Library Management Systems History

The Library Management System has not changed very much in the last 20 years. The format and the approach other than now being web based, is fundamentally the same. There are too many suppliers! Many will be sold or merged as we have seen in the past few years and only a few will remain. Others will grow into something more knowledge-focussed and less back office process-driven.

This in part is because the library profession has not changed that much in its approach to managing content. The biggest change is in search and the need to simplify search for end users.

The back office processes are so varied between one organisation and another that the investment in engineering processes for loans, acquisitions, serials and claims, takes up a disproportionate amount of effort in terms of development of these systems. But if this development was not done, then librarians would not use them. But the complexities and detailed nuances demand attention.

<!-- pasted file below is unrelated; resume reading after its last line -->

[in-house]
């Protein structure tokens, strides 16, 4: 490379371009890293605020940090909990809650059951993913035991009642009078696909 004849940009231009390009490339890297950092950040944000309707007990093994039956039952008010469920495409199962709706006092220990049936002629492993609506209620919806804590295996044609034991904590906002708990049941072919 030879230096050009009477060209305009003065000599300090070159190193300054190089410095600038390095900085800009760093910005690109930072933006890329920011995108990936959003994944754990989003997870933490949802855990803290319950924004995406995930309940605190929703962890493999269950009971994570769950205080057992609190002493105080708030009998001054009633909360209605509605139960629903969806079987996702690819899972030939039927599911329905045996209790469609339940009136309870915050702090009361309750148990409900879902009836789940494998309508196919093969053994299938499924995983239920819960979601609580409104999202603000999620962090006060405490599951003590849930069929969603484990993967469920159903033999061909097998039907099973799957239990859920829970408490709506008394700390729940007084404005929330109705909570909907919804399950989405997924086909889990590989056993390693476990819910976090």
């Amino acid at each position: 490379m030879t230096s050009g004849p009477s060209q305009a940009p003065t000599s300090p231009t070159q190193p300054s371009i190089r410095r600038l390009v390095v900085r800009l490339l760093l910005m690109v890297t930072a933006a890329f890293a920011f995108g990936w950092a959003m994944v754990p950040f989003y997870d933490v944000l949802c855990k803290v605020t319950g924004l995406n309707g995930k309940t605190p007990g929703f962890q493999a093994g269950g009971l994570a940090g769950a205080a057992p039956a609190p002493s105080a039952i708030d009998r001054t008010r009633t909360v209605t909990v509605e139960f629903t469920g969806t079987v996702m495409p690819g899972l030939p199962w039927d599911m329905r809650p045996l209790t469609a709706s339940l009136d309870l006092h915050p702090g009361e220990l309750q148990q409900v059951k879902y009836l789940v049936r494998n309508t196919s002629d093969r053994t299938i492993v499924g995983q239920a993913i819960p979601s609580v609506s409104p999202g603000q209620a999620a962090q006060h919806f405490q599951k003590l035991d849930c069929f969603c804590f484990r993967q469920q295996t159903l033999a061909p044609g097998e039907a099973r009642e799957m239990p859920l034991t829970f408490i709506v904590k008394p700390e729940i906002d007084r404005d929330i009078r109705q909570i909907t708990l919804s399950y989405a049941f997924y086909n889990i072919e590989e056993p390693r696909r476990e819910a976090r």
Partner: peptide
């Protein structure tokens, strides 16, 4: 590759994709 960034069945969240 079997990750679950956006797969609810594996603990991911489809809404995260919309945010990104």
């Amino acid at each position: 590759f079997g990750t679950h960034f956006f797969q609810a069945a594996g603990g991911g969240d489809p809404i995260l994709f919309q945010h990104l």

The adherence to MARC tags to store content, remains the biggest bafflement to me! It places librarians separate and distinct from other IT systems and makes the systems inflexible and unable to easily manage non-bibliographic content. This blindness to new data formats and exchange formats will make library systems redundant in the next 5-10 years. Instead, new database solutions will appear that leave behind the old way of doing cataloguing. New systems will automate the ingesting of content and move users to seek library management systems that aid learning, rather than aids to find information assets alone.

Those who continue to develop library systems in the same vein as today, with MARC and rigid structures will be like dBASE developers from the 1980s. They will take it to their graves and no one will remember why they ever bothered with it for so long.

We are very interested to hear your thoughts on the present and future of Library Management Systems today.

Author
Graham Beastall – Senior Consultant and Managing Director. Graham’s background is in Accountancy, Public Administration and Organisational Theory with a deep technical understanding of databases and web technologies. More posts by Graham.
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